Monday, December 1, 2008

It begins...

It began with a Thai Festival of Lights. Back when I worked at the best bookstore in Chicago and my boss was the best fantasy writer I know, we celebrated Loy Krathong. We used tarp and a hose to make an actual flowing river in the middle of the children's section and everyone released rafts into it and watched them float. I think I can safely brag that it was the coolest bookstore event ever, rivaled only by the hunt for an actual bear that we staged later.

(image by Robert Pollai; from Wikipedia commons)

As a kid, I got tired of answering, "Are you Hanukkah or Christmas?" and "Do you really get eight presents?" As I got older, I got bitter every time someone wished me a Merry Christmas.

"I don't celebrate Christmas. Not everyone does, you know," I wanted to grumble, even though it was a lie: I do celebrate Christmas, because it's darn fun. But I wanted people to acknowledge that for a significant portion of the world, December 25 is just another day. It didn't help that Christmas lights started appearing before Halloween and people started referring to Christmas as "a secular holiday." Explain that one, somebody, please.

So when I became a full time teacher, I struggled. How to celebrate Christmas in the classroom, or Hanukkah, without leaving someone out?

And then I remembered the Thai Festival of Lights, and everything I learned as an anthropology major, and I decided: we would just celebrate EVERYTHING.* Every single holiday I could find. And we did. I made December's official social studies curriculum "Holidays" and invited representatives from every major religion (including atheism) to come talk to the class about their most important holidays and about how their communities answer life's big questions.

It is still my favorite unit I've ever taught. And I am still a strong believer in celebrating everything.

And guess what starts today? DECEMBER! (cue carnival music)

So hold onto your seats. Every day in December is party day in Jacqui's Room. Adventure! Prizes! Special guests! Useless font color changes!

But I will need your help. And today, I need a name for the Decemberpalooza. I hate "paloozas" ever since a friend gave my ticket to the first Lollapalooza to a boy who didn't even like her back. So what shall we call the December fun? Comments ideas, please.

And check back tomorrow, when we will receive our first visit from...
the magic present-finding guru,
who will answer all your most sticky gift-buying questions.

* I didn't have any Jehovah's Witness students that year, by the way. Also, I cleared this with all parents, administration, etc. Everyone loved it.


sruble said...

I celebrate Christmas, but I do feel bad about how overpowering the whole holiday has become. Not everyone celebrates it, and it would be annoying to have to deal with it if you didn't. It's even annoying to me that it starts earlier every year!

That said, I still like the holiday.

Your idea of celebrating everything is really cool. I hope the kids liked it too!

Christmas is secular because it's now all about Santa and gifts and family. Santa's not religious; he's more like the winter tooth fairy, except you don't have to leave your tooth to get a gift. Christmas is a bit like Thanksgiving now, but with gifts. (That's the best I can do about why it's secular.)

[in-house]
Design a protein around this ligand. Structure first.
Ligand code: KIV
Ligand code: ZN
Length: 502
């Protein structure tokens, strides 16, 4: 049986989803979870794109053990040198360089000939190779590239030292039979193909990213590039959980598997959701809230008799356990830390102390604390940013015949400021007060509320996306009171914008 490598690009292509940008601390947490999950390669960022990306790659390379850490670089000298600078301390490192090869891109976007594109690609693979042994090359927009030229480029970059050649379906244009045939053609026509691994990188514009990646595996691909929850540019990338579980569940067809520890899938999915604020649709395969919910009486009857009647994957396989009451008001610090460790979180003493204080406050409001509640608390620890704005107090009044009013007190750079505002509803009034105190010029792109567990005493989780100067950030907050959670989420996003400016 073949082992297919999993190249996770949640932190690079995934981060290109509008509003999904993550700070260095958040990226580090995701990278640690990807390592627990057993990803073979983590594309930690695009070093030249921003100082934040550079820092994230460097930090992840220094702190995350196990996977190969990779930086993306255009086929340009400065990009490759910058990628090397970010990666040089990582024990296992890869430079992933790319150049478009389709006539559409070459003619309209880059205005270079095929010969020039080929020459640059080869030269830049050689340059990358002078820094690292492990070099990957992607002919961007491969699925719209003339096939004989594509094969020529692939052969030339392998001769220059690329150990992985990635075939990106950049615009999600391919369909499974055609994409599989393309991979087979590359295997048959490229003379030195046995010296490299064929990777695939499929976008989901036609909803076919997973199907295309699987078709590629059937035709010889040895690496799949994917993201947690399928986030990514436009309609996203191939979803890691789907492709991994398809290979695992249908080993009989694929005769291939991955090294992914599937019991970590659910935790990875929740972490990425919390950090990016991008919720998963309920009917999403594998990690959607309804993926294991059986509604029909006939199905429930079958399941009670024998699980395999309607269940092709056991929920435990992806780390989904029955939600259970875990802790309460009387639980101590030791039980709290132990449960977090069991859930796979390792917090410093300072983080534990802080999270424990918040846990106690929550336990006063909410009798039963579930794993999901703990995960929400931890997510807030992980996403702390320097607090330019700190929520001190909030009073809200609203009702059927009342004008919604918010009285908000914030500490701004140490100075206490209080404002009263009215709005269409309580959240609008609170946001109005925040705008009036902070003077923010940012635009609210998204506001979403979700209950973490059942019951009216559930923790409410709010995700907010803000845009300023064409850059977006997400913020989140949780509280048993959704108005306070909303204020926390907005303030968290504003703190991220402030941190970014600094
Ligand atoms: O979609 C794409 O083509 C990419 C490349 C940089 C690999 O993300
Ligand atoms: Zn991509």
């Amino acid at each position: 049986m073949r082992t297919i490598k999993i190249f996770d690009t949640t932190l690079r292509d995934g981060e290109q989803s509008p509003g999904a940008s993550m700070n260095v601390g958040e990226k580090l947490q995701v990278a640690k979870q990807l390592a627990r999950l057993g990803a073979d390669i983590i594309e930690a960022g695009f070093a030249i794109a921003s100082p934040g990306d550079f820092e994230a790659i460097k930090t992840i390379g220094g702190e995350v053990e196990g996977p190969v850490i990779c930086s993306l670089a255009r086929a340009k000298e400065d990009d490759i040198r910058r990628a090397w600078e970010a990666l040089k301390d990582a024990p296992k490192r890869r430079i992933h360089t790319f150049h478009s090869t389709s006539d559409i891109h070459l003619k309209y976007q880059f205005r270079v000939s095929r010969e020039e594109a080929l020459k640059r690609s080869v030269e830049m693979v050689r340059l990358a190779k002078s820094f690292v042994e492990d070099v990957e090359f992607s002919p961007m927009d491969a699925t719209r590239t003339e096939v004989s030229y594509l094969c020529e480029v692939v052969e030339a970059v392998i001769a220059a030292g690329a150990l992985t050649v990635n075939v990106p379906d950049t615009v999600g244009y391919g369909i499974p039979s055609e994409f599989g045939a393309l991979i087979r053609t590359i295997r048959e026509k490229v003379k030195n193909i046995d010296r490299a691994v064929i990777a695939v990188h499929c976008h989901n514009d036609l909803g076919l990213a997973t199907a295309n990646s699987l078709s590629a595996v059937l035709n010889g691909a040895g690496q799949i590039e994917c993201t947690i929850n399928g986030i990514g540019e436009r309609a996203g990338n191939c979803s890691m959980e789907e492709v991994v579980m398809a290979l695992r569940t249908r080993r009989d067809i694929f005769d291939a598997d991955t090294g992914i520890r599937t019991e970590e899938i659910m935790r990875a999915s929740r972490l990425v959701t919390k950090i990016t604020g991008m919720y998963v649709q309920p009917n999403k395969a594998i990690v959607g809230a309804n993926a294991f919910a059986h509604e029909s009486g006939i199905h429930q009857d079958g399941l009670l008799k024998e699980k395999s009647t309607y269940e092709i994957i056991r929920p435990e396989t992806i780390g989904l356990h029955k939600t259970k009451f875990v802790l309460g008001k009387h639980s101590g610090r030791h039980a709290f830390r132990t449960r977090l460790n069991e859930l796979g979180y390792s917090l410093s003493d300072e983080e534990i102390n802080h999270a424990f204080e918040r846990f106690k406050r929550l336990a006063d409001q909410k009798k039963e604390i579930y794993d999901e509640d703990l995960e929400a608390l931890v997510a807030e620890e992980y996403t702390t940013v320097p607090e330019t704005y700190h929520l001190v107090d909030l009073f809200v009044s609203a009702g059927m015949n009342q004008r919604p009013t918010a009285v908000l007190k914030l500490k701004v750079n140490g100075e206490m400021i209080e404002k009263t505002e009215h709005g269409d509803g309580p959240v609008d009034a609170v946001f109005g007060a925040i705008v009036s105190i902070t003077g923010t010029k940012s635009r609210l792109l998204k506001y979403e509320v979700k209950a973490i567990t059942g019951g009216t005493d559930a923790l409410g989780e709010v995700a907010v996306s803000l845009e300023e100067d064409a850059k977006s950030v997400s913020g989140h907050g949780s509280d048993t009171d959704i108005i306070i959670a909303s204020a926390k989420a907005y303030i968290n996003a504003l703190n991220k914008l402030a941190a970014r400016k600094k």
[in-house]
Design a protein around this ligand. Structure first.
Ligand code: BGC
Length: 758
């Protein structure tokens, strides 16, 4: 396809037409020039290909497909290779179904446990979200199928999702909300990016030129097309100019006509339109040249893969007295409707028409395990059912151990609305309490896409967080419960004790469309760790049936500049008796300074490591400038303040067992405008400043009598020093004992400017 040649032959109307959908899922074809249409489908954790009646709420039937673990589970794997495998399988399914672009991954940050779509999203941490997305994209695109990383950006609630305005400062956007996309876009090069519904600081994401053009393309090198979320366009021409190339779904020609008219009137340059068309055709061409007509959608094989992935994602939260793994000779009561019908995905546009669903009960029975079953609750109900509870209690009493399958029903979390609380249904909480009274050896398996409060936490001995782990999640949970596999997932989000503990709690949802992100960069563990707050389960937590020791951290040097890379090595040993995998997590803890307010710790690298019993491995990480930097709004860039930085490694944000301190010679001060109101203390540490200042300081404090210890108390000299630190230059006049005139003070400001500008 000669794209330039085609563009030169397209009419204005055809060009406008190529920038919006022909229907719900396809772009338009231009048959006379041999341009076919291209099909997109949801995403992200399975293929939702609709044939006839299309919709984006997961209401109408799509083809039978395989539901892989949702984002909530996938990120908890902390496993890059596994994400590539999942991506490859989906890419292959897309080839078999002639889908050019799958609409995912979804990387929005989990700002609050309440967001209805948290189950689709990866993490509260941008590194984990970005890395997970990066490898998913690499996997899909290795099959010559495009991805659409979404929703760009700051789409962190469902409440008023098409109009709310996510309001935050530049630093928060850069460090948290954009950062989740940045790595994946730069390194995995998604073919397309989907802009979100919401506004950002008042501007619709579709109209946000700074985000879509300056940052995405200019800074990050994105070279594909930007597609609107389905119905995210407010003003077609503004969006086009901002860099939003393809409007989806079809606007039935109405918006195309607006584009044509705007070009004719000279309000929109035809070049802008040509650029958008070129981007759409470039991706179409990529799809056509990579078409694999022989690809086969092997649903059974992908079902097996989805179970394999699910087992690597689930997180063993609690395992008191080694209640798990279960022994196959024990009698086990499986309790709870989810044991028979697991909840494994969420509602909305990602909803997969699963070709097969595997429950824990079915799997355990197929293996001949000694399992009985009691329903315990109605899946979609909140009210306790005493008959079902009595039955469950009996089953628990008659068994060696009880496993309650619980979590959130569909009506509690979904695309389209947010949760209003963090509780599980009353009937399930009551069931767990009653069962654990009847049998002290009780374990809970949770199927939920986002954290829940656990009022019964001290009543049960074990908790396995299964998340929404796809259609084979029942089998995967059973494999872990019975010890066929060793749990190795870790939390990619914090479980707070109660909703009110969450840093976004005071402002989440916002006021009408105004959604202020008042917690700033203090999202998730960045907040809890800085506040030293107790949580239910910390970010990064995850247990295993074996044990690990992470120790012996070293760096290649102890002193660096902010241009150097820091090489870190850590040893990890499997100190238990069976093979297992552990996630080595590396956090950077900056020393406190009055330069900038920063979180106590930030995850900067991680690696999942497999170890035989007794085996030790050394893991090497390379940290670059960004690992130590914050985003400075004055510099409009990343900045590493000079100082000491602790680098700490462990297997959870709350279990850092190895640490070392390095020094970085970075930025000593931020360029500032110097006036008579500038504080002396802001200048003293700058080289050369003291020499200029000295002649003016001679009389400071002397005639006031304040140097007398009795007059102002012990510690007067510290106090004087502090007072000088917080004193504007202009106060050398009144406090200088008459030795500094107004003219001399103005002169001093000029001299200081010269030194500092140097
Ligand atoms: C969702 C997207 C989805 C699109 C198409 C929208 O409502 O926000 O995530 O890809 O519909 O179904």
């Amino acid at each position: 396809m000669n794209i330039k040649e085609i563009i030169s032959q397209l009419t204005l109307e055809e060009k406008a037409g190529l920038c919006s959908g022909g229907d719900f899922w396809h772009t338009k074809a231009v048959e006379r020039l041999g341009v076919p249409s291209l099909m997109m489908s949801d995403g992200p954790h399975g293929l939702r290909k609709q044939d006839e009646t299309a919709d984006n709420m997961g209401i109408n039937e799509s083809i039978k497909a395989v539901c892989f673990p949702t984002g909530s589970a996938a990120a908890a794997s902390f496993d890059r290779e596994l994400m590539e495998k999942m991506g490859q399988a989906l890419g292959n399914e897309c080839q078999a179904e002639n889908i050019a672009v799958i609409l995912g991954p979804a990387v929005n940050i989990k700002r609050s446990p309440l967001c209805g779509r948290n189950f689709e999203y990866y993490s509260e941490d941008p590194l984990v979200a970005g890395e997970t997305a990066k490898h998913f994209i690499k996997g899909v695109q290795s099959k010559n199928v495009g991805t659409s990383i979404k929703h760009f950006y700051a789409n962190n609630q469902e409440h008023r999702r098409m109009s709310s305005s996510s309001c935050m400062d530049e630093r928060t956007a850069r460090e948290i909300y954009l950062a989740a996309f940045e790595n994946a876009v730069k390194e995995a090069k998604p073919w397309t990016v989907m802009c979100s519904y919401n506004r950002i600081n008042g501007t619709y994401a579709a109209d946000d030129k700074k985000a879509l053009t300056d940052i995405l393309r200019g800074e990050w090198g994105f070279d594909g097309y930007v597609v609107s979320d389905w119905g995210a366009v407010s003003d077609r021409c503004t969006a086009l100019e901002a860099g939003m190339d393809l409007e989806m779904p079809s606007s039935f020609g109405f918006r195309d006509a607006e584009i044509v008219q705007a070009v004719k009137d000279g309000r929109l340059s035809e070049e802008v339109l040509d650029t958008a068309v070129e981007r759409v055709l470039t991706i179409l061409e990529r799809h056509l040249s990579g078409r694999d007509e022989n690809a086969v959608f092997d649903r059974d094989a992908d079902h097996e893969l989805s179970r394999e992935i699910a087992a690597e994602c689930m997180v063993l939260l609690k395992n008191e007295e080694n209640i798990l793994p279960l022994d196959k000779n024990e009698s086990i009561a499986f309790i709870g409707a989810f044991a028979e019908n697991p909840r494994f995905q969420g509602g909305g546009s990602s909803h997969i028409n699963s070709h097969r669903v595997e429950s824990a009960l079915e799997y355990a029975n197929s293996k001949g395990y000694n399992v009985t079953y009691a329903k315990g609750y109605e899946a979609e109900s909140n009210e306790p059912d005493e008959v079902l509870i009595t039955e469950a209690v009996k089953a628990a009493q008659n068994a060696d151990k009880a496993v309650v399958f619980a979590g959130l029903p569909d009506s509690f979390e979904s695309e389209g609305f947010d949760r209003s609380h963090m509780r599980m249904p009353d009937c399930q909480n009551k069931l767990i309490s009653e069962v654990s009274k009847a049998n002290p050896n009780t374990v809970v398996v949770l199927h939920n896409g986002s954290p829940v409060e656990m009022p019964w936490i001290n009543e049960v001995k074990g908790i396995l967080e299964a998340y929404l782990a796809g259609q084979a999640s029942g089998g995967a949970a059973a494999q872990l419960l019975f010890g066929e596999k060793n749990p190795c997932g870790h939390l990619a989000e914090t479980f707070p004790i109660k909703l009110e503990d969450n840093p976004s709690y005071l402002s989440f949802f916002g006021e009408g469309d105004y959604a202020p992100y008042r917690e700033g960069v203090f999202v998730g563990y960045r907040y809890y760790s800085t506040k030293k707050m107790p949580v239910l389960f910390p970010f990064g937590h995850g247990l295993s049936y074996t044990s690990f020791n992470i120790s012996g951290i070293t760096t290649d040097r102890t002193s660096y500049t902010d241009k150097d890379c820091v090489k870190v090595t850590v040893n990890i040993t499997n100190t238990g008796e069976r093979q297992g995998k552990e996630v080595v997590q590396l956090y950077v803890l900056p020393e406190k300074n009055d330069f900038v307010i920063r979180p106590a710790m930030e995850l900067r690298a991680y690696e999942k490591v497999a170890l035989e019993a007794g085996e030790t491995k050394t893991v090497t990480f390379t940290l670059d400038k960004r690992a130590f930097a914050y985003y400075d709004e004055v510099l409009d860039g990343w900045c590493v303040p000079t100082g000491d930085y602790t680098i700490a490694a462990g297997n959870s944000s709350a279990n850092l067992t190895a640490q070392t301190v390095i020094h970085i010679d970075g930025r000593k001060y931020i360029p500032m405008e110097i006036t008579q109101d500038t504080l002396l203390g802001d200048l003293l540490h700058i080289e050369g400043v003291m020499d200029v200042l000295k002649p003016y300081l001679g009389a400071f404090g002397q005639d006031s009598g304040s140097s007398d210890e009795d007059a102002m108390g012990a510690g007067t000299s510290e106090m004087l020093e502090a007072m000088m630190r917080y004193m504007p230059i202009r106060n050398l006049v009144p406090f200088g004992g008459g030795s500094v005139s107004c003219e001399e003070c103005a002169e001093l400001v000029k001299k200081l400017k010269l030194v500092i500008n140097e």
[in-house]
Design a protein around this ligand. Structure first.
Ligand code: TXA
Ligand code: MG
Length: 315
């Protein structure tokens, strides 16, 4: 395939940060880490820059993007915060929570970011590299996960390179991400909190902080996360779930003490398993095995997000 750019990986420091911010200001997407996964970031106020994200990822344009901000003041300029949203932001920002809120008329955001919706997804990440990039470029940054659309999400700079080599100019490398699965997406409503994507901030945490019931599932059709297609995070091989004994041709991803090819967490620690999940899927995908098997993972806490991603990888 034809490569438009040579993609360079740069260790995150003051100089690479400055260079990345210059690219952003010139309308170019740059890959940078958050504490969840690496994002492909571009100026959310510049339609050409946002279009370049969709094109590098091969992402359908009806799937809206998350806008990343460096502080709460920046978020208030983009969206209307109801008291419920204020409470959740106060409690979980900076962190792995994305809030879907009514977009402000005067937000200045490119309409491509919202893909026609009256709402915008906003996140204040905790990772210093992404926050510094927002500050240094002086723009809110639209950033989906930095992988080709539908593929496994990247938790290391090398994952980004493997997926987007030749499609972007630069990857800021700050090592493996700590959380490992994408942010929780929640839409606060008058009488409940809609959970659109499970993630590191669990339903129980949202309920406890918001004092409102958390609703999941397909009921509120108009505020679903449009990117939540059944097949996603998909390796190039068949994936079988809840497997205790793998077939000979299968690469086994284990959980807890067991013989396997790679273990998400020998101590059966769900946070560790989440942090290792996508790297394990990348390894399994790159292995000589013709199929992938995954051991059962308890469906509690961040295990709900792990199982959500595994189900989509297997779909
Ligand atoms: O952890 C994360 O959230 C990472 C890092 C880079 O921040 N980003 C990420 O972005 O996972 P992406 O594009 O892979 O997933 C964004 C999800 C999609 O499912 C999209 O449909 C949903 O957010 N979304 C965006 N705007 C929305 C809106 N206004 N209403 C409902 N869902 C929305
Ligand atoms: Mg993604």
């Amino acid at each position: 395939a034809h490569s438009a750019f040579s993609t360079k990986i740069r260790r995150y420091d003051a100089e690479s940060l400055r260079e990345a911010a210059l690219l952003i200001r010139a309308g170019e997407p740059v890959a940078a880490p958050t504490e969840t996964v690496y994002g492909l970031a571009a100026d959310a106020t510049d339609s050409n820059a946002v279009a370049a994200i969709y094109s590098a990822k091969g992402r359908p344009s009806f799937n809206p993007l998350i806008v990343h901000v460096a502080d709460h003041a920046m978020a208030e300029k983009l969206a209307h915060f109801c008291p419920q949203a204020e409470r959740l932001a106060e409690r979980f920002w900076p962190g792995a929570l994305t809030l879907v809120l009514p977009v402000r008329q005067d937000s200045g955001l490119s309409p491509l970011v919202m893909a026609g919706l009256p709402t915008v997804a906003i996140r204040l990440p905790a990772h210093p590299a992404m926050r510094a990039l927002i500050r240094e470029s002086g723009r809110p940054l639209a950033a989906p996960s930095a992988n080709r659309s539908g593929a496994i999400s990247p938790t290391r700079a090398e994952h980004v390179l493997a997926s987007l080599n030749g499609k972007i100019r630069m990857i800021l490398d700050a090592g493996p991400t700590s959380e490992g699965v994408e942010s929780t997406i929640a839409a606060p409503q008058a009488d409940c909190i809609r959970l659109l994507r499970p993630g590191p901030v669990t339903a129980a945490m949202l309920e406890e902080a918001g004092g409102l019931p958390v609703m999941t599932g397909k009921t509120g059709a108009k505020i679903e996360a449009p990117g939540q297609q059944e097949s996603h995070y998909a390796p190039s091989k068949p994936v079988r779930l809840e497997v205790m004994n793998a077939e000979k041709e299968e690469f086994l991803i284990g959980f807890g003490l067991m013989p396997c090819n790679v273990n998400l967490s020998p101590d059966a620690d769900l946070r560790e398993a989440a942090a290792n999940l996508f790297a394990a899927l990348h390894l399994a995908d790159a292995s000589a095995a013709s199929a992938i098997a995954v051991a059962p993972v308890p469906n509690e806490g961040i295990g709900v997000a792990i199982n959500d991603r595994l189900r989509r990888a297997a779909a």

How about Holidayfest for your December name?

Debbie Diesen said...

You might call it "DecemberFest," though that doesn't seem quite exciting enough. (But thank you for not calling it a -palooza of some sort. I think it's high time -palooza go on the LSSU Banished Words list...)

By the way, you've probably already run across it in your travels, but your library should have a copy of Chase's Annual Events in the reference section. It lists all sorts of wacky celebrations and events for every day of the year.

Sharon Blankenship said...

People forget that there are many celebrations for the December solstice. In a large, multi-cultural school, we tried very hard to represent every religion present.
Of course, some people objected that we didn't acknowledge that Christmas was the TRUE reason for the season. But we so enjoyed learning the customs (and eating the various foods. . . yum) that their objections were largely ignored.
It's great to see that you did it, too. You really helped your kids appreciate the variety of cultures, viewpoints, etc.
As one with her mind constantly on her stomach, I sure hope you included FOOD in your celebrations.

Jacqui said...

sruble, I know. That's the explanation I've heard too. But people forget that Santa's Saint Nick, really.

Debbie, what about DecemberFiesta? And I will have to check out Chase's.

Sharon, you know me. Would I celebrate without a feast? Maybe I should call the palooza DecemberFeast?

Diane T said...

Great idea, Jacqui--in fact, it's Decemberrific!

I'm a heathen, although the family celebrates Christmas by exchanging gifts. One year in college my roommates and I (Jewish, Christian, and heathen) celebrated "Saturnalia," mainly by decorating the apartment with pine branches and drinking spiked eggnog.

In my book, you can never have enough reasons to celebrate. Can't think of a catchy name offhand, though.

Jacqui said...

Saturnalia is definitely involved.

I kind of like Decemberrific.

Candace Ryan said...

Anthro majors rock!!!

By the way, congrats on that NaNo thing (I don't have a nano second's patience for it:)

I like Decemberrific, too. Of course, if you wanted to highlight the crazy and wild nature of all the over-stimulation, you could always go with Decemberserk.

Rena said...

Sounds like you're going to have a busy month! :)